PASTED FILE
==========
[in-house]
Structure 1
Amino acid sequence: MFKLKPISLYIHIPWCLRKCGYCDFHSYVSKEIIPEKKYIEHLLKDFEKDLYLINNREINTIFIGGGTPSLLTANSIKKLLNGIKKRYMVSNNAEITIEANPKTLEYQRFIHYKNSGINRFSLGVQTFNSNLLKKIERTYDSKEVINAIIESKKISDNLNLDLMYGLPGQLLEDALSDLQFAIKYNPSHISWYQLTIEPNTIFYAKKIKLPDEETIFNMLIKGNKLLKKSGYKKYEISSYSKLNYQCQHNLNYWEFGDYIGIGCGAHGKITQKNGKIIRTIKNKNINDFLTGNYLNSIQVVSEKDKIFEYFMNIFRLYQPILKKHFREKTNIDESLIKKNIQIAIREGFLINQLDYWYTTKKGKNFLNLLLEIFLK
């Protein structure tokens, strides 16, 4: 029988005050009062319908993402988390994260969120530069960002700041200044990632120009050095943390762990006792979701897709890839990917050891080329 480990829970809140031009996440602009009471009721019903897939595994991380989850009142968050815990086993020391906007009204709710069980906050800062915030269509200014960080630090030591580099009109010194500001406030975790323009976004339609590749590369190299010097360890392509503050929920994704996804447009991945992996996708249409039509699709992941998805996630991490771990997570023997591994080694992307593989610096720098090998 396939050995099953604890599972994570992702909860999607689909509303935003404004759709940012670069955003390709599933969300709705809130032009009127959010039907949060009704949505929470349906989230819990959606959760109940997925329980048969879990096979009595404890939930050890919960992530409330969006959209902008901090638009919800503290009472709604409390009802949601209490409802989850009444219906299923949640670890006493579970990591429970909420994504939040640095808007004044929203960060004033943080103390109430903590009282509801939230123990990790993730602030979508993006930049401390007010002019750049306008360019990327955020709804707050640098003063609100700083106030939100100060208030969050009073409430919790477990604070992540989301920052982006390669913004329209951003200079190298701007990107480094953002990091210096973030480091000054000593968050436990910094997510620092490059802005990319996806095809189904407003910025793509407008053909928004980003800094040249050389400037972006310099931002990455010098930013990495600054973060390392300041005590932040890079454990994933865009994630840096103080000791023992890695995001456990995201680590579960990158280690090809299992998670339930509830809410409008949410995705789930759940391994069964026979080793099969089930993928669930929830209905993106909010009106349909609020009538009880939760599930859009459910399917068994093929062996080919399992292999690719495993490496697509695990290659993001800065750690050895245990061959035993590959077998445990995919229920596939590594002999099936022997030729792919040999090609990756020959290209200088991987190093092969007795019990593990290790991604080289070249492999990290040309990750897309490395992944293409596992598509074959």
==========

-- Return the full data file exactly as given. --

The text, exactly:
[in-house]
Structure 1
Amino acid sequence: MFKLKPISLYIHIPWCLRKCGYCDFHSYVSKEIIPEKKYIEHLLKDFEKDLYLINNREINTIFIGGGTPSLLTANSIKKLLNGIKKRYMVSNNAEITIEANPKTLEYQRFIHYKNSGINRFSLGVQTFNSNLLKKIERTYDSKEVINAIIESKKISDNLNLDLMYGLPGQLLEDALSDLQFAIKYNPSHISWYQLTIEPNTIFYAKKIKLPDEETIFNMLIKGNKLLKKSGYKKYEISSYSKLNYQCQHNLNYWEFGDYIGIGCGAHGKITQKNGKIIRTIKNKNINDFLTGNYLNSIQVVSEKDKIFEYFMNIFRLYQPILKKHFREKTNIDESLIKKNIQIAIREGFLINQLDYWYTTKKGKNFLNLLLEIFLK
């Protein structure tokens, strides 16, 4: 029988005050009062319908993402988390994260969120530069960002700041200044990632120009050095943390762990006792979701897709890839990917050891080329 480990829970809140031009996440602009009471009721019903897939595994991380989850009142968050815990086993020391906007009204709710069980906050800062915030269509200014960080630090030591580099009109010194500001406030975790323009976004339609590749590369190299010097360890392509503050929920994704996804447009991945992996996708249409039509699709992941998805996630991490771990997570023997591994080694992307593989610096720098090998 396939050995099953604890599972994570992702909860999607689909509303935003404004759709940012670069955003390709599933969300709705809130032009009127959010039907949060009704949505929470349906989230819990959606959760109940997925329980048969879990096979009595404890939930050890919960992530409330969006959209902008901090638009919800503290009472709604409390009802949601209490409802989850009444219906299923949640670890006493579970990591429970909420994504939040640095808007004044929203960060004033943080103390109430903590009282509801939230123990990790993730602030979508993006930049401390007010002019750049306008360019990327955020709804707050640098003063609100700083106030939100100060208030969050009073409430919790477990604070992540989301920052982006390669913004329209951003200079190298701007990107480094953002990091210096973030480091000054000593968050436990910094997510620092490059802005990319996806095809189904407003910025793509407008053909928004980003800094040249050389400037972006310099931002990455010098930013990495600054973060390392300041005590932040890079454990994933865009994630840096103080000791023992890695995001456990995201680590579960990158280690090809299992998670339930509830809410409008949410995705789930759940391994069964026979080793099969089930993928669930929830209905993106909010009106349909609020009538009880939760599930859009459910399917068994093929062996080919399992292999690719495993490496697509695990290659993001800065750690050895245990061959035993590959077998445990995919229920596939590594002999099936022997030729792919040999090609990756020959290209200088991987190093092969007795019990593990290790991604080289070249492999990290040309990750897309490395992944293409596992598509074959």